To make matters worse, the air inside the trailer was very, very humid. Every time I did dishes, cooked, made coffee/tea or we showered, the warm water evaporated in the cold trailer air and caused extreme humid, which is not good. Our windows started weeping water. The metal door was dripping wet. Our clothes were always damp and, yes, even our bedsheets and blankets were damp.
This wasn’t going to work. It was only November, with the coldest months come, and I was miserable. And if I am miserable, poor Ray was even more so 😉
We decided that our best solution was to move into the tool shed.
The tool shed that has 6” very well insulated walls, a strong and very well insulated metal roof, a double pane window, and a sturdy bunkbed! Remember our little wood stove we bought? We would install that in the tool shed also! Instead of burning an exorbitant amount of propane to keep barely warm, we would burn free oak wood and stay toasty warm. Sounds like a great plan, right?
The only problem was that the tool shed was full of… well… tools! We had to build something to put the tools in, and found a great shed kit from a big box store on sale.
First, we prepared the build site by clearing off some of the leaf mold and duff and leveling the ground somewhat. Since this will not be the permanent location for this shed (it will be moved to my new garden/chicken coop area after our new home is built), we decided to just place it upon concrete blocks. When the blocks were all in place and the tops level, we did add concrete and rebar to the first two rows because of their low position on the hill, which helped make everything more stable.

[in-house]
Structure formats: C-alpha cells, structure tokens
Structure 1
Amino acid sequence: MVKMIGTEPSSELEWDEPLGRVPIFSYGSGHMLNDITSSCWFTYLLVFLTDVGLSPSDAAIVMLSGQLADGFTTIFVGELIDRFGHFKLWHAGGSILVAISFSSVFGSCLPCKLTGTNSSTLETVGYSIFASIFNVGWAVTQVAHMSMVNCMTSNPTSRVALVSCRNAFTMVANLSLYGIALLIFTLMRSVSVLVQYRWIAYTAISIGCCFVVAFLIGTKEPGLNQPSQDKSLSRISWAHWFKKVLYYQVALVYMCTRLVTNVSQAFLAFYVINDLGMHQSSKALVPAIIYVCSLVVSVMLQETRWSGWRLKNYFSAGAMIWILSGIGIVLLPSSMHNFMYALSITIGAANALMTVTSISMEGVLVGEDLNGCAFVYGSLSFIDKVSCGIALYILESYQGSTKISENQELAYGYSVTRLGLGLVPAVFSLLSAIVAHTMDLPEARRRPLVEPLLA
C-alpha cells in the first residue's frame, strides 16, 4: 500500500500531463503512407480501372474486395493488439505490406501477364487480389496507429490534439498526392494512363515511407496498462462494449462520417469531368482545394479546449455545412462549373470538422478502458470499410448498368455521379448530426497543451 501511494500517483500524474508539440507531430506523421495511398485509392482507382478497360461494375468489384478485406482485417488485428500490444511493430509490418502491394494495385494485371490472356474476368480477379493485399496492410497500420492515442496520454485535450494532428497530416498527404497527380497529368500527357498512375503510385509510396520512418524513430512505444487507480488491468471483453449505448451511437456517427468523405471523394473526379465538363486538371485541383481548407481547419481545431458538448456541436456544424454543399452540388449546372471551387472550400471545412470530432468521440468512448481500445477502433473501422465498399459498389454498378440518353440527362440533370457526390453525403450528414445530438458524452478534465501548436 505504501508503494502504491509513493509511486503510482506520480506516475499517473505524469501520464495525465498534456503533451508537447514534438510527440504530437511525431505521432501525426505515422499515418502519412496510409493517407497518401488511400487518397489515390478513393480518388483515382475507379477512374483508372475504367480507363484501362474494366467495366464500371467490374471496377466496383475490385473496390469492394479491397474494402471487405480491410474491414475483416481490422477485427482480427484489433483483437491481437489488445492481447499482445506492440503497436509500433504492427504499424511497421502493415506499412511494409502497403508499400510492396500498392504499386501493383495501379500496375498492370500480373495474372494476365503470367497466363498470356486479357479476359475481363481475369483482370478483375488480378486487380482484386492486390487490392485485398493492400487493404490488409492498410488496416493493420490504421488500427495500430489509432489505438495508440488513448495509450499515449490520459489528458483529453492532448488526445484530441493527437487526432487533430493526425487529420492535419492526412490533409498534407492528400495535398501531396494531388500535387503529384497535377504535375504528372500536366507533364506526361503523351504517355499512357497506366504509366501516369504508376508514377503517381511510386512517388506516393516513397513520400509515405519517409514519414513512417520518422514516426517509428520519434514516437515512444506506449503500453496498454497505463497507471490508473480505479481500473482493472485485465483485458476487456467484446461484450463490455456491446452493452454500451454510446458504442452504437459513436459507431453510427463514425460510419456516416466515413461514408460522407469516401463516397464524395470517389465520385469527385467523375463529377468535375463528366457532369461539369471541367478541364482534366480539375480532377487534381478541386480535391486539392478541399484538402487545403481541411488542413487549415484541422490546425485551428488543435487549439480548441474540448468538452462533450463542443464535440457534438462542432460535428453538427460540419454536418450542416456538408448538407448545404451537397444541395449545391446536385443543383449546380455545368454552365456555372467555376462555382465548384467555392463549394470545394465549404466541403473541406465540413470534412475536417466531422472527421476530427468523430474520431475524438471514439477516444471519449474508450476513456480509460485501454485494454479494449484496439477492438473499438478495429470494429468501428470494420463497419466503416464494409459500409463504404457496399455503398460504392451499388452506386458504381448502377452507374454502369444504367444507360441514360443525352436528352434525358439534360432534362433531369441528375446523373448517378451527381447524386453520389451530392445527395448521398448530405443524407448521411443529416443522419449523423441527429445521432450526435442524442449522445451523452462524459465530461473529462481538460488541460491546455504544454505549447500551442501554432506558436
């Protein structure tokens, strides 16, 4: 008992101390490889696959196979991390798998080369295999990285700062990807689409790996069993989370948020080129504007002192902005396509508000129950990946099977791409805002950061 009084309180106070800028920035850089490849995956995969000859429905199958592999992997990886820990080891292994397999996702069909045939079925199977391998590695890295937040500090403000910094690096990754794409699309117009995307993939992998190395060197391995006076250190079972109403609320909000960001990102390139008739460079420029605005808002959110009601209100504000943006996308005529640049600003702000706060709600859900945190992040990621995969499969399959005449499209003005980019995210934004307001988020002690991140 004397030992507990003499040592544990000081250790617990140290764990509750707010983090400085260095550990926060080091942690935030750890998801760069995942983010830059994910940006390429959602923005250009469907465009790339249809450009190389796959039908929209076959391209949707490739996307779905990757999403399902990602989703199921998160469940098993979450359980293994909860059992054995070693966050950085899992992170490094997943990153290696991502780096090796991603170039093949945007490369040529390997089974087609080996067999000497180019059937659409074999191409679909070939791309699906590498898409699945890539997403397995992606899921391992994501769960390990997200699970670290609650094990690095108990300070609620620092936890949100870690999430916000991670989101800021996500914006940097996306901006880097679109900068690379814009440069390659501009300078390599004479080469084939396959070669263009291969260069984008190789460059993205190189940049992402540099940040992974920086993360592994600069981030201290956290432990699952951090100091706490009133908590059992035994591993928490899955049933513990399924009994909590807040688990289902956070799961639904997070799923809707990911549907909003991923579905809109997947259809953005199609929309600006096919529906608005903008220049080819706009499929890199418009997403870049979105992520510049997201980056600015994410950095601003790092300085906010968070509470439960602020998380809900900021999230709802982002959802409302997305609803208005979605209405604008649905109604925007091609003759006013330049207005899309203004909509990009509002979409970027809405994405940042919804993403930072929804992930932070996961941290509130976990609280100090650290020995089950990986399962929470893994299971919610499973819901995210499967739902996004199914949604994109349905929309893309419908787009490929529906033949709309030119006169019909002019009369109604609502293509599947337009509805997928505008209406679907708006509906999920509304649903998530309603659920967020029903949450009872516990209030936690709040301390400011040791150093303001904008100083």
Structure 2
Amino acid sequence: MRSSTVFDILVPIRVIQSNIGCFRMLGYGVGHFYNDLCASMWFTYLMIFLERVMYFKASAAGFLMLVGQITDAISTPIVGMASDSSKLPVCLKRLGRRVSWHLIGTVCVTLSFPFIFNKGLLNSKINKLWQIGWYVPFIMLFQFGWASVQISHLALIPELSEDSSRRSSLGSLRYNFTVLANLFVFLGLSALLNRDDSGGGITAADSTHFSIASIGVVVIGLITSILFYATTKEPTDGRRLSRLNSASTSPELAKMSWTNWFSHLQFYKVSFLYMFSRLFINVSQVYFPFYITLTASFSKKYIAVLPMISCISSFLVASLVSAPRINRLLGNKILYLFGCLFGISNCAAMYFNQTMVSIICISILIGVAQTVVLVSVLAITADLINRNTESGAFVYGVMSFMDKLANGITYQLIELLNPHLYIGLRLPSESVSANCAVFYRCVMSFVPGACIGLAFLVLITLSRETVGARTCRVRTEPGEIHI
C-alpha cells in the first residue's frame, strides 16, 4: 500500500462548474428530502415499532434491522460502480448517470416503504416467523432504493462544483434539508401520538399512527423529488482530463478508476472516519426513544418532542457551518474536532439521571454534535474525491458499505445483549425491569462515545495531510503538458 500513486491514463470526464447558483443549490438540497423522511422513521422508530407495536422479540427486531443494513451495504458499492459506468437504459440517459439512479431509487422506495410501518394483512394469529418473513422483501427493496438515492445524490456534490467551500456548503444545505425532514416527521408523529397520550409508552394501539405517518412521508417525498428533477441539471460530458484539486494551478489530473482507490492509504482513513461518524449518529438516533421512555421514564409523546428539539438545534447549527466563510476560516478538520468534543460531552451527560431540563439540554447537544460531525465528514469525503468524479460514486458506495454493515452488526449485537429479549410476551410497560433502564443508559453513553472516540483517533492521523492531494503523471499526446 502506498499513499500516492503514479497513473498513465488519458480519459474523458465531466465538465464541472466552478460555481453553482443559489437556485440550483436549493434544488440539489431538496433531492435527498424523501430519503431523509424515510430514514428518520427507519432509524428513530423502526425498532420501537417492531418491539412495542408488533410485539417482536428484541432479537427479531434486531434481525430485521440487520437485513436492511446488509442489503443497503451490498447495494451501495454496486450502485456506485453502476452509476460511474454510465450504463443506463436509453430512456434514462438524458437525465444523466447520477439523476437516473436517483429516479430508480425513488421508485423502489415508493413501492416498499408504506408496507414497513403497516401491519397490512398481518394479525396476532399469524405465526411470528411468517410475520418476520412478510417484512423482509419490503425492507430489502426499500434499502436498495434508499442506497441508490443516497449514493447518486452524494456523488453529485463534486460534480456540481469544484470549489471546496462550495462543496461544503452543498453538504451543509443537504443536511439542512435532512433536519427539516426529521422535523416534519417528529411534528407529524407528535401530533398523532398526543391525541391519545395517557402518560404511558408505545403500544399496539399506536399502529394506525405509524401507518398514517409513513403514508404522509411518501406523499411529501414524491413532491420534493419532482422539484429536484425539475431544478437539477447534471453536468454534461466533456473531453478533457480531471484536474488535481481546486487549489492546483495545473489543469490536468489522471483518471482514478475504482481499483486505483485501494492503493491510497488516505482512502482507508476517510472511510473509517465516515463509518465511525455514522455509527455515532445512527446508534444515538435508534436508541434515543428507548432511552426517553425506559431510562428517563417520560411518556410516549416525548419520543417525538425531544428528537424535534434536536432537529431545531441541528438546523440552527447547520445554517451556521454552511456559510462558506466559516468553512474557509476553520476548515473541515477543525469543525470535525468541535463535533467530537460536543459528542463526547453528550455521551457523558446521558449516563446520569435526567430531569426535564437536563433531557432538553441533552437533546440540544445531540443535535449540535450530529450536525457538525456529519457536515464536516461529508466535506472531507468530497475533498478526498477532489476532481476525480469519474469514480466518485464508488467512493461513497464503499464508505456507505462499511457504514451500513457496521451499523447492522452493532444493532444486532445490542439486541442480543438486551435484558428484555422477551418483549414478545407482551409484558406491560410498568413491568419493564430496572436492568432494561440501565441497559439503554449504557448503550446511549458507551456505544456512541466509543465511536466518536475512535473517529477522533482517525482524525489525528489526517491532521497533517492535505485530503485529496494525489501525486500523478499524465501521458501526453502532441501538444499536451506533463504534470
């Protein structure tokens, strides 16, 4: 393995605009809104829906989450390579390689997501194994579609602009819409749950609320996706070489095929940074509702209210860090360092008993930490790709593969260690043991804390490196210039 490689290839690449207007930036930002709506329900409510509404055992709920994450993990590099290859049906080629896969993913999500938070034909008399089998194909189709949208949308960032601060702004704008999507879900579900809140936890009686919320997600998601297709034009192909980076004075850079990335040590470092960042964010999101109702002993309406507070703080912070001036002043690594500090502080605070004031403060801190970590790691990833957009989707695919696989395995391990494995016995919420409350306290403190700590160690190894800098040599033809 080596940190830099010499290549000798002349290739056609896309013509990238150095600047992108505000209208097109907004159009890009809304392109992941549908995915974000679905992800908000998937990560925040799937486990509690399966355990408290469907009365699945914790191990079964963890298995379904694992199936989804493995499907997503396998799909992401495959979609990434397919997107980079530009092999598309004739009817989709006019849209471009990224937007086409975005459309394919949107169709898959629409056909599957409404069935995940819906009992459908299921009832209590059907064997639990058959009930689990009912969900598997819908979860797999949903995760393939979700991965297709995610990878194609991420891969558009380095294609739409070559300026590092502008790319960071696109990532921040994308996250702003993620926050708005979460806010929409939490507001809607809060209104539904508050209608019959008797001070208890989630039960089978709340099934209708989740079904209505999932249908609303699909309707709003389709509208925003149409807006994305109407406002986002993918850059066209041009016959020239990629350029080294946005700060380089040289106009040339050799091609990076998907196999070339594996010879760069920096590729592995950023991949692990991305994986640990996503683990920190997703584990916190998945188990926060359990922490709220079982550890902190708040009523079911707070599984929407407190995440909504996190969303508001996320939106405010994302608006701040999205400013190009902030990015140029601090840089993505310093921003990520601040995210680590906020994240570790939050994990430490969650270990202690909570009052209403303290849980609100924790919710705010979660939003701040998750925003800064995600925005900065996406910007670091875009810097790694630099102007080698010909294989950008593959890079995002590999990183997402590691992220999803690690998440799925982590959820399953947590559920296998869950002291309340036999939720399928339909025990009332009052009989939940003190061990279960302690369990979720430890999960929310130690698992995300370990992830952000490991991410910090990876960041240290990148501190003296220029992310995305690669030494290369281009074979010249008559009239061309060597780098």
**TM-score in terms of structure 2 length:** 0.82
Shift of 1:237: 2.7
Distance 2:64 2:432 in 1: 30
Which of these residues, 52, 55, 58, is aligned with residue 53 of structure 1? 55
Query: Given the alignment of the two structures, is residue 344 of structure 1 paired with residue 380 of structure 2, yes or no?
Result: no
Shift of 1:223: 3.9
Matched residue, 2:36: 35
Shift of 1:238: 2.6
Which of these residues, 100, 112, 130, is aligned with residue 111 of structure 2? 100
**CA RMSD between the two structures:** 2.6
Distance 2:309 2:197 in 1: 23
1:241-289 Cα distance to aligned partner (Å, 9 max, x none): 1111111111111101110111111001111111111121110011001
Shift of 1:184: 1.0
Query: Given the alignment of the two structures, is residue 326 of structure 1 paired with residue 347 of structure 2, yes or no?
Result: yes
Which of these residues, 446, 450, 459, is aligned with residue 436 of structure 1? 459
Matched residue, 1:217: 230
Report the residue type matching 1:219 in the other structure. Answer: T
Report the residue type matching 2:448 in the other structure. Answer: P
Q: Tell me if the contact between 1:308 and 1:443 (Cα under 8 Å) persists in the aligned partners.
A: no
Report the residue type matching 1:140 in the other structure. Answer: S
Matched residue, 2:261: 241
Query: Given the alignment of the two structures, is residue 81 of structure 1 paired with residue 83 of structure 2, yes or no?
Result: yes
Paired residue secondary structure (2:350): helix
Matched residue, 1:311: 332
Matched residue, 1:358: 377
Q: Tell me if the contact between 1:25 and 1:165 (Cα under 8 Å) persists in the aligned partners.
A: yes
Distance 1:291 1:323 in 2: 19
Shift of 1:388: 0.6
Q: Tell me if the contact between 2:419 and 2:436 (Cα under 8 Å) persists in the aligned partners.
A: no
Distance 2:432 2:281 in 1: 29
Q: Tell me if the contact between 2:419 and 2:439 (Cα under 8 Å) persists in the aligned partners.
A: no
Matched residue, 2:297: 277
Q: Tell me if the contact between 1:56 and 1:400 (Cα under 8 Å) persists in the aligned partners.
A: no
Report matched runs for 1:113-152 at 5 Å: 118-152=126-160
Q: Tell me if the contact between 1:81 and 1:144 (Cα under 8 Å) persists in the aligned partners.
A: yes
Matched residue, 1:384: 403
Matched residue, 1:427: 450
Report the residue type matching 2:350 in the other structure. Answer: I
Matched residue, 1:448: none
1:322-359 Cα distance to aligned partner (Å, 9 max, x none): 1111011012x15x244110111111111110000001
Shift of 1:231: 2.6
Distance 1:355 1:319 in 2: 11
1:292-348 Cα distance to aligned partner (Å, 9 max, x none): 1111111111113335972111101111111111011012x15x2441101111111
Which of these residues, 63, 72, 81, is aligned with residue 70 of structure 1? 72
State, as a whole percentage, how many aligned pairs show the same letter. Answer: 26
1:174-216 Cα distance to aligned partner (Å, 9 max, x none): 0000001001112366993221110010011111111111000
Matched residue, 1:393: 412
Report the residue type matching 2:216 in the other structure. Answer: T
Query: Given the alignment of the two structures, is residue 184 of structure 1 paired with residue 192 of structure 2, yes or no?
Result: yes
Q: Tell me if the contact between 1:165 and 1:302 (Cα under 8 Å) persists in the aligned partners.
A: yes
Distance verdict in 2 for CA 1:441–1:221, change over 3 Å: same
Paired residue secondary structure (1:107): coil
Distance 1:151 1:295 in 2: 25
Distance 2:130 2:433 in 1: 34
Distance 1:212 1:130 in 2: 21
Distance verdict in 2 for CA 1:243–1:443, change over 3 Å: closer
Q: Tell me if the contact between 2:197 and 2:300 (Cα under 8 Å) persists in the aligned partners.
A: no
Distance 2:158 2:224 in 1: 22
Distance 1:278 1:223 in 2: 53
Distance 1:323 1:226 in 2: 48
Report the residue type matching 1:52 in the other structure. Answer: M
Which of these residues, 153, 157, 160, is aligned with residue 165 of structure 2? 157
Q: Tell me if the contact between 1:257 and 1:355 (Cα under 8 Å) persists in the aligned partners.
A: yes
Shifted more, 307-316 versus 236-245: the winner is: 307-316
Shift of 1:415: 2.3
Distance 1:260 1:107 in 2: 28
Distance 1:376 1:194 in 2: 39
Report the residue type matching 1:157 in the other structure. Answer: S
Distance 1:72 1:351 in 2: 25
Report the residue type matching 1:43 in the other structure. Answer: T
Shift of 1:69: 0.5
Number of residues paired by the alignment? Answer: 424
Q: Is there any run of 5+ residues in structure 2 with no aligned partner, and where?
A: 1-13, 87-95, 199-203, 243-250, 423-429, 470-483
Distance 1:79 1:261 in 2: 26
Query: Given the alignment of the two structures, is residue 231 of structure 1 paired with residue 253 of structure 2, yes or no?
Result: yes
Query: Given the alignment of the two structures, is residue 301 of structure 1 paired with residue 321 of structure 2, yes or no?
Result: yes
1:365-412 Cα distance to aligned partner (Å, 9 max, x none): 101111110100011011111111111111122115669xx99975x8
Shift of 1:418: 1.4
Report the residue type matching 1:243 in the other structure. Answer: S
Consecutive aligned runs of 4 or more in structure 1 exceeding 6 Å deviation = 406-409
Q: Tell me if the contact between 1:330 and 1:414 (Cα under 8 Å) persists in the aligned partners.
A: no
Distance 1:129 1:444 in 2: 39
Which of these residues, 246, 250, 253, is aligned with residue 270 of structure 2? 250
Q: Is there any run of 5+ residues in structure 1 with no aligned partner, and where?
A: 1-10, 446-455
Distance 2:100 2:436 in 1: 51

The shed really wasn’t too hard to put together – that is if you can read a Japanese Cookbook! Luckily the illustrations were a bit better. We added extra joists and also bought heavy duty plywood for the floor. The walls are built on top of the floor, side walls first and then the back wall. Then, you raise the back wall and brace it. It was fairly heavy, but Ray and I were able to do it without too much sweat! Now it was time to raise one of the side walls and attach it to the back wall. Once this was done, the other side wall was next. Once this was done, we stood back to view our work. Not too bad!
The next thing to do is put in the shelves and loft, which helps shore up and secure the back and sides of the shed. Once the front of the shed was on, it was time to put up the rafters and plywood sheathing for the roof! The instructions said to use a comp roof, but we opted instead for a metal roof. We live in the middle of a forest, and metal roofs are safer in a forest fire situation. Also, every roof we have on our homestead is used to collect rainwater into large water storage containers, as will this shed. From what I have read, asphault (or some people call them composition, or comp) can leach toxins into rainwater. Since we use this water to irrigate our orchard, we prefer not to have toxins!
With the metal roof on, front doors hung and windows installed – this shed is ready for some tools!
And once the original tool shed is empty – we can fashion it into our tiny cottage! Here is a sneak peak of the inside of our tiny cottage:
I can’t wait to take you on a tour of our new tiny cottage! Stay tuned!
This is where I party: